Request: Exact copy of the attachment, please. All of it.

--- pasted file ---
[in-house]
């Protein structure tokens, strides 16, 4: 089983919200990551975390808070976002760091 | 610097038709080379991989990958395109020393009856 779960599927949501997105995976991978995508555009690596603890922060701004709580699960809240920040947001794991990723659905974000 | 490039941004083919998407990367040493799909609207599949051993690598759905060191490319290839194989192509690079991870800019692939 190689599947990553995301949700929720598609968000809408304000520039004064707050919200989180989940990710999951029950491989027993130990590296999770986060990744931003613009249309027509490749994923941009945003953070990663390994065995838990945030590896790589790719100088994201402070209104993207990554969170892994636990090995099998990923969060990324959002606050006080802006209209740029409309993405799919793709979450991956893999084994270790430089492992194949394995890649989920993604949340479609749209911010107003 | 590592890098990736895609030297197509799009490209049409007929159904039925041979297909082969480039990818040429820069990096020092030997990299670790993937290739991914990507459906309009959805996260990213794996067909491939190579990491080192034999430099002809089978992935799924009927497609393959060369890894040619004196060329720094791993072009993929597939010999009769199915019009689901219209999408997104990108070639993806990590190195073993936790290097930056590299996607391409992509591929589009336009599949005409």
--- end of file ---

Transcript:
[in-house]
């Protein structure tokens, strides 16, 4: 089983919200990551975390808070976002760091 | 610097038709080379991989990958395109020393009856 779960599927949501997105995976991978995508555009690596603890922060701004709580699960809240920040947001794991990723659905974000 | 490039941004083919998407990367040493799909609207599949051993690598759905060191490319290839194989192509690079991870800019692939 190689599947990553995301949700929720598609968000809408304000520039004064707050919200989180989940990710999951029950491989027993130990590296999770986060990744931003613009249309027509490749994923941009945003953070990663390994065995838990945030590896790589790719100088994201402070209104993207990554969170892994636990090995099998990923969060990324959002606050006080802006209209740029409309993405799919793709979450991956893999084994270790430089492992194949394995890649989920993604949340479609749209911010107003 | 590592890098990736895609030297197509799009490209049409007929159904039925041979297909082969480039990818040429820069990096020092030997990299670790993937290739991914990507459906309009959805996260990213794996067909491939190579990491080192034999430099002809089978992935799924009927497609393959060369890894040619004196060329720094791993072009993929597939010999009769199915019009689901219209999408997104990108070639993806990590190195073993936790290097930056590299996607391409992509591929589009336009599949005409």